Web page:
Opus 2 and Maxwell Chambers recently hosted a webinar entitled 'From virtual to hybrid - navigating arbitration hearings after COVID-19'. This was chaired by Timothy Cooke, Partner at Stephenson Harwood, who quizzed the expert panel you can see below on various benefits, challenges, top tips, and future developments for virtual and hybrid hearings, with some fascinating points raised.
From counsel's perspective, Simon C Milnes addressed some of the key differences when presenting a case in person compared to the virtual experience, pointing out some positives: "You can watch the arbitrator whilst cross-examining a witness at the same time. That's something which is very difficult to do in an in-person hearing without looking like you're watching a tennis match! It's extremely useful to see the arbitrator's reaction to how the testimony is going."
Examples of challenges included that an adjustment to a slower rhythm may be required due to audio delay, and dependence on interpersonal cue such as body language or eye contact can be lost to an extent when conducting a virtual hearing. However, Simon proposed interesting solutions regarding cross-examination: "Certain styles of cross-examination don't work - the old fashioned, traditional style that’s rather vehement and depends on a fast pace or sense of pressure doesn't really work over video. More low-key styles can work just as well if not better."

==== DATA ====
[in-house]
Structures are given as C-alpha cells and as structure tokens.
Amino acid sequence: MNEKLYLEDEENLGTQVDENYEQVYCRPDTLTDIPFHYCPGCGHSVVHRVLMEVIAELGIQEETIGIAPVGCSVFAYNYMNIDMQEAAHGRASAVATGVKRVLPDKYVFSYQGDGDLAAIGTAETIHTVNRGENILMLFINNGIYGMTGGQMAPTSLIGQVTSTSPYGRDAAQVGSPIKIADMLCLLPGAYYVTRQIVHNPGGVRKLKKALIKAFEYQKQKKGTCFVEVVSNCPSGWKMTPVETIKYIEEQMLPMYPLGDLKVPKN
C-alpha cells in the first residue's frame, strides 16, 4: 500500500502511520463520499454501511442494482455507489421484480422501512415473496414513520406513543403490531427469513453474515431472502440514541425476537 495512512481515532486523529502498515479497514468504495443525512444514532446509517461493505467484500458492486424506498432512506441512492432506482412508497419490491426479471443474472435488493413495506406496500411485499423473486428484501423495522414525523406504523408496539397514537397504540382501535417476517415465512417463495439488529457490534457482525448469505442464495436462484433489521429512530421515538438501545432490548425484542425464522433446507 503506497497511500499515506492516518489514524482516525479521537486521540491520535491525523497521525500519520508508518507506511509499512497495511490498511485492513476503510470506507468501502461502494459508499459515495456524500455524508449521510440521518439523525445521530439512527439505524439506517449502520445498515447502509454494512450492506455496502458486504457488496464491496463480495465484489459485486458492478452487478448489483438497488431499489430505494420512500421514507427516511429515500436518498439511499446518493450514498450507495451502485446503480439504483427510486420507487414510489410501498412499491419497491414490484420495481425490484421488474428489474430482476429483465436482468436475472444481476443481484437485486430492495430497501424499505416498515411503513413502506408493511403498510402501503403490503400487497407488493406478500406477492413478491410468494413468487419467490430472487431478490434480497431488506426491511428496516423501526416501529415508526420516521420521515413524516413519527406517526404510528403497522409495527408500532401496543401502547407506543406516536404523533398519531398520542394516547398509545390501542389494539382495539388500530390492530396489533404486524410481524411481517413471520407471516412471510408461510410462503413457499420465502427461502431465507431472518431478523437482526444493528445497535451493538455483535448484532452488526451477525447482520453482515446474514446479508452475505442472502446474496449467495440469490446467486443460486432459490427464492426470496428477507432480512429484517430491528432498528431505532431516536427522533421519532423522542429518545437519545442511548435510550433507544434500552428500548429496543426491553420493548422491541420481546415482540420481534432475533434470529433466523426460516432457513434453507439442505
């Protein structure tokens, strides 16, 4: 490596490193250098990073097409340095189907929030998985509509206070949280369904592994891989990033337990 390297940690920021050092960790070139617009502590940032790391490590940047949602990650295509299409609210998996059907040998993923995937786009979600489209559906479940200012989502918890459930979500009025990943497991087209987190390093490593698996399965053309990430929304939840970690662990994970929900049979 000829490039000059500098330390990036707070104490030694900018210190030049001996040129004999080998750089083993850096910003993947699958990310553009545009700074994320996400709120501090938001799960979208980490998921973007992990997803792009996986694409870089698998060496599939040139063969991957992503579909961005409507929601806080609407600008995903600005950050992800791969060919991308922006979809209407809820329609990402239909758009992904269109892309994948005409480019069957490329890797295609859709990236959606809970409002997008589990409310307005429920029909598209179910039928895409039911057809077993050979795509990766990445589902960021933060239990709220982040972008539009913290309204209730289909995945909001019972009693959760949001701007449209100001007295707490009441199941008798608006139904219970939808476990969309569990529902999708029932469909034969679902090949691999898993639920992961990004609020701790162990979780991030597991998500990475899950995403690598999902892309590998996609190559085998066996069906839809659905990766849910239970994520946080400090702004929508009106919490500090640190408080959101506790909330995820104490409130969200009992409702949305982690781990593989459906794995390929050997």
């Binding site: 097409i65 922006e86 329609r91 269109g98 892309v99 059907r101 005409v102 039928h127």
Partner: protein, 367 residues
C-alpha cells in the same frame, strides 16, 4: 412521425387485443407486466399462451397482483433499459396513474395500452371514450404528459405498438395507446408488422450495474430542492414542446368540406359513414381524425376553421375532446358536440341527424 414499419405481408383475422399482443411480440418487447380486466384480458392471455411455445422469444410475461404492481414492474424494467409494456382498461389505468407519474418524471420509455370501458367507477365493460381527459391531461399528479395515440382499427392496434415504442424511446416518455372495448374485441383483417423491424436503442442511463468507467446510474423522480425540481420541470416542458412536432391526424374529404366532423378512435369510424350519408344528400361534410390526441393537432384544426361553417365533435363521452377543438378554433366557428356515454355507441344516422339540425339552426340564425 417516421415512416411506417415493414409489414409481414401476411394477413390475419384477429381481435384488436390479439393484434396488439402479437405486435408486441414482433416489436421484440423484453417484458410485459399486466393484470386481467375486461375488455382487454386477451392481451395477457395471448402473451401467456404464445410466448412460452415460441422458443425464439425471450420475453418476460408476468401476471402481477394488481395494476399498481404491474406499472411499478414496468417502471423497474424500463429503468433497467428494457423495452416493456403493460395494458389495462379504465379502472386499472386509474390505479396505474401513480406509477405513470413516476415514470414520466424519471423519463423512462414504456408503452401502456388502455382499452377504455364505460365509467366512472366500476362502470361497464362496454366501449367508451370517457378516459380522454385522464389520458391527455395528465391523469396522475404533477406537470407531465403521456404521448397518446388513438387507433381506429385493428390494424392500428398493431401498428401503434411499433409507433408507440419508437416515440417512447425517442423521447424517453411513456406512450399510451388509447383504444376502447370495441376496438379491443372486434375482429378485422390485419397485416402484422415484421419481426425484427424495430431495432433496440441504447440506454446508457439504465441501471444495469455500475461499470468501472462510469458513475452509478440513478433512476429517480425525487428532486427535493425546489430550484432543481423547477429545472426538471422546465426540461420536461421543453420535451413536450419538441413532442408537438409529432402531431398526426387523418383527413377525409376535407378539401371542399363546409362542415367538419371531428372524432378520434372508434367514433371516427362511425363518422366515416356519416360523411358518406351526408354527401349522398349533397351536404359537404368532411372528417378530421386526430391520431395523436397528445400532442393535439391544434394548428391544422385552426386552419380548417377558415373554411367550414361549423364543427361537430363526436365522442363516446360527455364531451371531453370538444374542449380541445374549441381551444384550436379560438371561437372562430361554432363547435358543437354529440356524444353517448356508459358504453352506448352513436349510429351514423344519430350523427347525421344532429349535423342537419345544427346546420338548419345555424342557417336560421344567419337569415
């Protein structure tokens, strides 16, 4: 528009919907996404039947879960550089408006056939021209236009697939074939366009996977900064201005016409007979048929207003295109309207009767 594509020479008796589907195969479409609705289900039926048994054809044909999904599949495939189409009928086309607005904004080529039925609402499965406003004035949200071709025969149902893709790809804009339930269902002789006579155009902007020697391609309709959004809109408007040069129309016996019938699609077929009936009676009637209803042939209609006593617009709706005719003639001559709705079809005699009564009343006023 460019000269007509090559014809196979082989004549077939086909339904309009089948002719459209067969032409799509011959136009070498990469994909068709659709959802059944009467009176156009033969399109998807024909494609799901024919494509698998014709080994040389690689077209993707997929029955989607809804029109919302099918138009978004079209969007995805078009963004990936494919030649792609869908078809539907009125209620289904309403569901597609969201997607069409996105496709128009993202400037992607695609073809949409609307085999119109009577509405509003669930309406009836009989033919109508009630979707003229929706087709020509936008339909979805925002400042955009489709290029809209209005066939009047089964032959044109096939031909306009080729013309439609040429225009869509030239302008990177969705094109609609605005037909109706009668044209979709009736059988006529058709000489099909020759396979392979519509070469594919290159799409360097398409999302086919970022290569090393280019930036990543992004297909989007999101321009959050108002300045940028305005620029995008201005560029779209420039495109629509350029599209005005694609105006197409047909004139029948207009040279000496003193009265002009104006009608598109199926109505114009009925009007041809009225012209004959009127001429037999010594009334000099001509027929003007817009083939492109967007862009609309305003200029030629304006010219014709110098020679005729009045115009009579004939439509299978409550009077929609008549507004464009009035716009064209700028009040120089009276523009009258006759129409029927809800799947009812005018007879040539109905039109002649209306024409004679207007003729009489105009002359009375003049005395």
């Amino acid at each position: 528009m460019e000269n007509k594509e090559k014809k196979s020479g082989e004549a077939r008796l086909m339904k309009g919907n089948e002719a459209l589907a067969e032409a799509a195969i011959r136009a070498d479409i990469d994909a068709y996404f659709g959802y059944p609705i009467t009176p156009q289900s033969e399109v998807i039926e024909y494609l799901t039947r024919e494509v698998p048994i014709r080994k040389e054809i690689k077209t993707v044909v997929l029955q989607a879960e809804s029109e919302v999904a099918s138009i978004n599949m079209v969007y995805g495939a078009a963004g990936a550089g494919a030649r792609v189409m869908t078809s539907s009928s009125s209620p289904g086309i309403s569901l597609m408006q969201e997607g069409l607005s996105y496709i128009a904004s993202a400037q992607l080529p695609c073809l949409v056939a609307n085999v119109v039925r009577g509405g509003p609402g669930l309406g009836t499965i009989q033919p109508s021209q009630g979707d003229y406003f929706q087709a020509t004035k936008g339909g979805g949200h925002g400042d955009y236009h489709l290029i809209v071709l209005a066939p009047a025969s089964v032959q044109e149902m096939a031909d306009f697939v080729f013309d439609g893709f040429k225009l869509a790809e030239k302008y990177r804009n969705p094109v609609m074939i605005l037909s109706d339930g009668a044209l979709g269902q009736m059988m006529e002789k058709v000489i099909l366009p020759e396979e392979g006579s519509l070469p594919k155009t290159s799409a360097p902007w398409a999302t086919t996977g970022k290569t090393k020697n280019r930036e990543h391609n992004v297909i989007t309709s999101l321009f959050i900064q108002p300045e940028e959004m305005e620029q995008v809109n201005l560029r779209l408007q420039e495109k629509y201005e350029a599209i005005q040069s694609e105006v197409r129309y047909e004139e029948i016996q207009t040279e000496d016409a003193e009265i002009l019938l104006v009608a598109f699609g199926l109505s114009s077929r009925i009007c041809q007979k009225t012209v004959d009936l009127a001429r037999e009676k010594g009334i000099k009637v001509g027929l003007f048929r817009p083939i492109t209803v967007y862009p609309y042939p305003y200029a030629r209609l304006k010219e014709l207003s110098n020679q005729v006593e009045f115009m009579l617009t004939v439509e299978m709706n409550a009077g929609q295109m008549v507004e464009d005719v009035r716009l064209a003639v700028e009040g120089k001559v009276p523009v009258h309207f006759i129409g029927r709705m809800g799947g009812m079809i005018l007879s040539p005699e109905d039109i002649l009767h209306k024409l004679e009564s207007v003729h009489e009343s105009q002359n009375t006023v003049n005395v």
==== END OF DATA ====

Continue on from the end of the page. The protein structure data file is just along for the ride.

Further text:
From addressing the current climate, the panel closed their discussion by moving on to what the future may look like. Chan Leng Sun suggested that, while virtual hearings are here to stay, other technologies could begin to have greater influence, saying: "There is a lot of talk from users about AI in dispute resolution. Not for the purpose of adjudication, but for example, processing huge amounts of data and documents in a complex arbitration. This is where service providers, counsel, and arbitrators can make use of developments in this area."
There was also input on the potential positive environmental impact there could be from utilising virtual hearings. Simon flagged a study in partnership with Dechert LLP which suggested a typical medium to large commercial arbitration could result in a footprint of 418,000 tonnes of carbon dioxide, or the equivalent of 26,000 trees.
The webinar's 74 attendees also took part, as they were surveyed before and after on their answers to the question "If travel restrictions were lifted would you still prefer to conduct hearings virtually?". The results before were evenly split between "Yes", "No" and "Undecided". After the webinar, though, there was an 8% increase in those who said "Yes", the majority of whom were previously undecided.
Watch the full webinar here. Opus 2 would like to thank all those involved, and we look forward to further informing our customers of the virtual and hybrid hearings world.